Pretty much immediately when the Twins and Nationals made a swap featuring closer Matt Capps for Wilson Ramos, the Nats were declared winners and then some. Ramos had shown himself to be a strong catcher with great game calling ability along with a bat that was going to make him a franchise cornerstone. Yet being a prospect in Double A, the Twins clearly didn’t value his projection as high, and they ended up with a closer who blew up completely.
Fast forward five seasons into Ramos’ career: Ramos has solidified the notion of him being a good defensive catcher (he’s coming off a gold glove award nominee for the position) as well as flashing signs of being an offensive powerhouse, although only in short spurts. He has battled injuries (to be expected from his position) and inconsistency, something that has plagued his professional career and a major reason Minnesota shipped him out. But Ramos managed to stay mostly healthy last season and contributed 15 homers despite an overall poor performance. So we have to wonder, is he close to really showing his true underlying star?
Ramos offensively has been a very good hitter, with wRC+ marks ranging over 110 at his best, although in 2015 we saw him dip way down to just 63. The driving factor behind his poor performance is a reduced amount of contact, striking out a career high 20.0% (up from a 16.8% career average) and winding up with a measly .229 batting average. Because of poor contact he wasn’t even able to put up decent isolated slugging marks, showing problems with a power stroke.
Yet when we dig a little, 15 homers in 128 games is very good, especially when considering what position he plays. So we do know he shows the power potential to be among the better hitters and best catchers. The problem is his contact skills. Last year his 26% hard hit rate was a good amount below his career mark of 30%, showing something was bothering him.
At this point you are probably inclined to group Ramos in with the over the hill category, saying perhaps his career curve is forming here instead of an outlying bad season. But he’s just 28, and we also know catchers feature late development in their hit tools because of so much emphasis early in their careers on defense. While this type of argument may be anecdotal, if fits the situation. Ramos has just had his best defensive season ever, while being a good hitter throughout his career. With more time to now focus on his swing, we can thereby expect a boost.
And now, my favorite part, some numbers…
Projections have Ramos gaining 30 points in his isolated slugging, a jump to push him from below average to above average, but even these might be a little pessimistic. Current projections have Ramos’ 2015 BABIP staying true for 2016, but looking at his career marks and knowing what we know about BABIP regression, this seems ridiculous. He hit just .256 on balls in play in 2015, despite his batted ball profile staying the same. Some can be attributed to the lessened hard contact, but not all. His career .289 tells us he’s due for plenty more contact falling for hits.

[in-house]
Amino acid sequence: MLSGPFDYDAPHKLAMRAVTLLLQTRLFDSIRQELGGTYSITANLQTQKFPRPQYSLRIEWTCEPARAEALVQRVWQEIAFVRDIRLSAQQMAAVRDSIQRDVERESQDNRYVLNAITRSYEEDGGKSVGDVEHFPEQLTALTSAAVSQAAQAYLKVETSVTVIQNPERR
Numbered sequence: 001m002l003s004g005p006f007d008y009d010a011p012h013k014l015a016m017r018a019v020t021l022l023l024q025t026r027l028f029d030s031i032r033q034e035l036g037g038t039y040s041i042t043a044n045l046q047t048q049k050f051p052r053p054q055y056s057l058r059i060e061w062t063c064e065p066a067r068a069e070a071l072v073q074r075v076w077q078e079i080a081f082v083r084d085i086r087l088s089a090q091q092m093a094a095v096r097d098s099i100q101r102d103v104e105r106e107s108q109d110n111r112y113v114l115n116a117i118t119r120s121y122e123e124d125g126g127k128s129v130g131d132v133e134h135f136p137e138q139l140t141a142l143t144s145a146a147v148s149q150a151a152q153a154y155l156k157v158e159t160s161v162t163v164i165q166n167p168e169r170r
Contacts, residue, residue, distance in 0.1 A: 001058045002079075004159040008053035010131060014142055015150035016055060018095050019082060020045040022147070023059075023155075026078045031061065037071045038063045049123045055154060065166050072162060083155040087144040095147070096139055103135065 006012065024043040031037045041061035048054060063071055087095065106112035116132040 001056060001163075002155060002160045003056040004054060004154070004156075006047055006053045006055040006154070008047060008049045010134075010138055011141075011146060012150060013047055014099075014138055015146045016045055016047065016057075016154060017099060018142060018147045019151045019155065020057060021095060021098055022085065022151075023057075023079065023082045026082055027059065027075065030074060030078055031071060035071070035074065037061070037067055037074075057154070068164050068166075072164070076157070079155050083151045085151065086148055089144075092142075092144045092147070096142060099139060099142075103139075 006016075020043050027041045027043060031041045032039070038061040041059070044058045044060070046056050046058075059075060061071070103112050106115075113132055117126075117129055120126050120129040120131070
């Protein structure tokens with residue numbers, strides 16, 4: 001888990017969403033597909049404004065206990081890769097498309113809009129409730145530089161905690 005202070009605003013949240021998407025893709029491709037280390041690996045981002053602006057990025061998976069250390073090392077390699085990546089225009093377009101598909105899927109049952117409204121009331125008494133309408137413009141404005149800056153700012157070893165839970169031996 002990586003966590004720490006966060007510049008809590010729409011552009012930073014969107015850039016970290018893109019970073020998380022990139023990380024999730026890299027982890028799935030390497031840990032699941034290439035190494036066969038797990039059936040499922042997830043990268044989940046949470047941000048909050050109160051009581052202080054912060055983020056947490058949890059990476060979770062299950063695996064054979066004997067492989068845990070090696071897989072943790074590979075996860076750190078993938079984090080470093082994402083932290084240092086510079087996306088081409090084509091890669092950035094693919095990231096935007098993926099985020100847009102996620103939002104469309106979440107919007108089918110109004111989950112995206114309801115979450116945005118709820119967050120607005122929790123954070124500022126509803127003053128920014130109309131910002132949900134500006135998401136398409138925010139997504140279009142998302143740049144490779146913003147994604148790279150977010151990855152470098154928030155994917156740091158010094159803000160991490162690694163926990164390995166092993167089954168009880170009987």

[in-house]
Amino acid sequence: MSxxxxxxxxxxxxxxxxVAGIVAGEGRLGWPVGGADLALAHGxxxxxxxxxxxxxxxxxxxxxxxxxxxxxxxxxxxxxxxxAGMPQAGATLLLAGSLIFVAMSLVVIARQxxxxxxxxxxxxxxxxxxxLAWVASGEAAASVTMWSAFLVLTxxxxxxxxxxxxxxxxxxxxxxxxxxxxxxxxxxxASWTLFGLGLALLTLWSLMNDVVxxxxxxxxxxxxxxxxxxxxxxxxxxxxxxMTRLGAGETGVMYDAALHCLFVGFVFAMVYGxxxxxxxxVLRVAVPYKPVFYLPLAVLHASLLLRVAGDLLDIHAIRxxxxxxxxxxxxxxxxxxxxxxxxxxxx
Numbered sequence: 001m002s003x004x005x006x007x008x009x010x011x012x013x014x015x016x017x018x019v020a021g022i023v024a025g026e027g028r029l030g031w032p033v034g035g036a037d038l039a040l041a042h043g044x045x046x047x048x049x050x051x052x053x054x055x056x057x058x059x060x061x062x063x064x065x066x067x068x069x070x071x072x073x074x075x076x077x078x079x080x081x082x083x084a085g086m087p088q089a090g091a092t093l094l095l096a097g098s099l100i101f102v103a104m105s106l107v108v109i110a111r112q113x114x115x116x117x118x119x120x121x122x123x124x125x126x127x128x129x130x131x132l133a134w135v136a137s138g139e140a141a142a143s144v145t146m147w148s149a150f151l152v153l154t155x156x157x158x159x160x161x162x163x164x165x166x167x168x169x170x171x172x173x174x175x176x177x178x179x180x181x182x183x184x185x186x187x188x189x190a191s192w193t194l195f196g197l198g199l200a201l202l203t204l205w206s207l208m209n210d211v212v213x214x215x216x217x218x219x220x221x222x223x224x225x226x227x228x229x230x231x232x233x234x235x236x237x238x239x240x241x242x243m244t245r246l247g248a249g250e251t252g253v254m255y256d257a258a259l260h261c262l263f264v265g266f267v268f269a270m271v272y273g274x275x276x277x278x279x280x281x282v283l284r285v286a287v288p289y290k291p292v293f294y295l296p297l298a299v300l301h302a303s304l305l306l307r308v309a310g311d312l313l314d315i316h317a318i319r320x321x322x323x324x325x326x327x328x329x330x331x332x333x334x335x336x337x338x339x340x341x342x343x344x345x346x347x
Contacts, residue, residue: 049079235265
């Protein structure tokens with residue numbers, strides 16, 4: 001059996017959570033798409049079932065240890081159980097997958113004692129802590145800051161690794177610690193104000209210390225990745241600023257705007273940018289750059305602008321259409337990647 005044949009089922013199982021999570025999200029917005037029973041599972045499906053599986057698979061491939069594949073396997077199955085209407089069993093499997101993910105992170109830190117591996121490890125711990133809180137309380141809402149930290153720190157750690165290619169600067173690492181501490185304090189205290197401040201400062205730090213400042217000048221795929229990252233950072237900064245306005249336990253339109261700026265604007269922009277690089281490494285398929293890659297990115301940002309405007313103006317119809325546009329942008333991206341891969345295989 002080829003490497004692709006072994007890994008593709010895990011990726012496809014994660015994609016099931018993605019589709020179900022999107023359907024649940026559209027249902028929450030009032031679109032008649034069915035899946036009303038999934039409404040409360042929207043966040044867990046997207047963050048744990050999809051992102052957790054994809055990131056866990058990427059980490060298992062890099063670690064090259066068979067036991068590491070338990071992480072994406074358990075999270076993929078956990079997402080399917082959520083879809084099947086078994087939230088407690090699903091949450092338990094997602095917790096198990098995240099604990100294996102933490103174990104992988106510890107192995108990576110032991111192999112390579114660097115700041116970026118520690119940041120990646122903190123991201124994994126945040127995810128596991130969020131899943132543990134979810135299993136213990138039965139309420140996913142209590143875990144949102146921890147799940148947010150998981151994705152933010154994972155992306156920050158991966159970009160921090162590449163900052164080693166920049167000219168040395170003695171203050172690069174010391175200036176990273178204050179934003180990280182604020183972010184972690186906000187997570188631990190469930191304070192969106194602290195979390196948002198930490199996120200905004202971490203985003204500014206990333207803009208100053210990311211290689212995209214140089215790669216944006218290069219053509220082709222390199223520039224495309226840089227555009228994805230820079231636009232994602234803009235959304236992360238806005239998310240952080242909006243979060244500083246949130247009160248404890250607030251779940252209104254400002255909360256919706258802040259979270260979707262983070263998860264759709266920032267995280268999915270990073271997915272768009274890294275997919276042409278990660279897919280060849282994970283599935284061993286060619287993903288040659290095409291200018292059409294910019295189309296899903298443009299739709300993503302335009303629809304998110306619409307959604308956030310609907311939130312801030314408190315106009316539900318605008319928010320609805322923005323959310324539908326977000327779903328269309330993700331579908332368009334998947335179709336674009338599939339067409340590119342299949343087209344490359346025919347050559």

His strikeout rate might be worrisome, but again, it’s not in line with his trends and his underlying numbers don’t suggest anything new about his swing or approach (swing rate in 2015 of 54.3%, from a career 53.8%, whiff rate of 12.1% from 11.3%).
And look deeper into his contact against lefties, something all righties do well; his career average of .290 fell to just .233, telling us something is definitely wrong with the numbers here. It doesn’t deviate from his average vs. the same handed pitchers by much (.228) which is something that almost never holds. To put this in perspective, Stan Musial is one of about five hitters to accomplish anywhere close to reverse platoon splits over a career.
So what we’re looking at is basically a lot of nothing. Ramos had an off-year, a bad one, and people are writing him off low in drafts and value. We can almost expect his offense to fall in line with his career norms, which we know have fallen in years where he’s actually focused more on the defensive side.
And a quote from Ramos himself, on how much harder he is working towards improving his offensive game:
“This offseason I am working three times more hard than last year,” he said. “I know offense for catchers is not that important. It’s more important for defense. But I like to help my team with my bat, too. This year, this offseason I am working hard for that. I am trying to get a better approach at the plate and try to concentrate on putting the ball in play. This year, I got a lot of strikeouts. That didn’t help me. I am concentrating right now on all of that. Hopefully next season will be better than this season.”
An outlying poor performance, a later age curve that fits his time frame, a conscious effort to be better on offense; it all adds up to not just a rebound for Ramos, but a career year in 2016.
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